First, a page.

Great Transformations: Economic Ideas and Institutional Change In the 20th Century


Available from Cambridge University Press
and wherever fine courses in political economy are taught

About the book:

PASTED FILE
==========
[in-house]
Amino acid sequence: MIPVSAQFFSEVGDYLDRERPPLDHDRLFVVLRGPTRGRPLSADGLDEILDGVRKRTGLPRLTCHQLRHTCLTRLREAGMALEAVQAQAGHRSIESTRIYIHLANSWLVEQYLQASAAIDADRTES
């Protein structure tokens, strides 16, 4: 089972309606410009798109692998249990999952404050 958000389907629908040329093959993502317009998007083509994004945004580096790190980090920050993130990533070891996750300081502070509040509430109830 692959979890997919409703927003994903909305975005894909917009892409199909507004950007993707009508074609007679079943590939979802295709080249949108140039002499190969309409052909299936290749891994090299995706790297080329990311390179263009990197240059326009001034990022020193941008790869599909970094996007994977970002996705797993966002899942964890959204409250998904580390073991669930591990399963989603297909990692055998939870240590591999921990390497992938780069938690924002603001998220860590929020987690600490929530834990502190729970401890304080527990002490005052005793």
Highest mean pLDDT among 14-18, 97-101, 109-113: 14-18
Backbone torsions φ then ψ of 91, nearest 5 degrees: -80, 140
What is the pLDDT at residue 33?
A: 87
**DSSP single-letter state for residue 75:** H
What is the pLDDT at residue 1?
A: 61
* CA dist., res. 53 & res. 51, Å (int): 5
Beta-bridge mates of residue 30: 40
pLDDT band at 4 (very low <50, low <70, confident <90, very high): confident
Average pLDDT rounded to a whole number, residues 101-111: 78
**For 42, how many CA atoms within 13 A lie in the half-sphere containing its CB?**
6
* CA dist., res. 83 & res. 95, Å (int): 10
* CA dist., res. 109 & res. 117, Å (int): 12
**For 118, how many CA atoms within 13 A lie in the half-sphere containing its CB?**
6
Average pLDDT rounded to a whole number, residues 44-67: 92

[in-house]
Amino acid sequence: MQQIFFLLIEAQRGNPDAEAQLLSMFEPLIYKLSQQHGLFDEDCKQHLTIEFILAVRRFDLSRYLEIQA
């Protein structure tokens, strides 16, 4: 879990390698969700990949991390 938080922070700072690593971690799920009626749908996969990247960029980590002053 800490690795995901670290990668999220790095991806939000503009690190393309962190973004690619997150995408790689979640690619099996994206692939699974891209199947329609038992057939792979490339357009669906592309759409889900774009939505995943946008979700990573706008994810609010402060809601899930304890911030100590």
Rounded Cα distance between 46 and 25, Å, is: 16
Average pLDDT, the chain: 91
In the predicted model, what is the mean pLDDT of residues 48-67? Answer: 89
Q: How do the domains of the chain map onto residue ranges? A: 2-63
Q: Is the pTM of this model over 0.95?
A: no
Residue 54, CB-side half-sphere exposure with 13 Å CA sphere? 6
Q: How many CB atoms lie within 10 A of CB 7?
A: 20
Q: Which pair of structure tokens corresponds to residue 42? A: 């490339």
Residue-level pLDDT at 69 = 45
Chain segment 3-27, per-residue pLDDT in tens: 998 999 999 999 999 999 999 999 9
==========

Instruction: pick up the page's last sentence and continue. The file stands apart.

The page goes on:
In this book, which is based in part on my doctoral dissertation, I argue that economic ideas are powerful political tools as used by domestic groups in order to effect change since whoever defines what the economy is, what is wrong with it, and what would improve it, has a profound political resource in their possession. Analyzing the deep-seated institutional change that characterized the twentieth century, I argue that in the 1930s labor reacted against the exigencies of the market and demanded state action to mitigate the market’s effects by “embedding liberalism” and in the 1970s, those who benefited least from such “embedding” institutions, namely business, reacted against these constraints and sought to overturn that institutional order. With this book, I hope to demonstrate the critical role economic ideas played in making institutional change possible and get you to rethink the relationship between uncertainty, ideas, and interests on how, and under what conditions, institutional change takes place.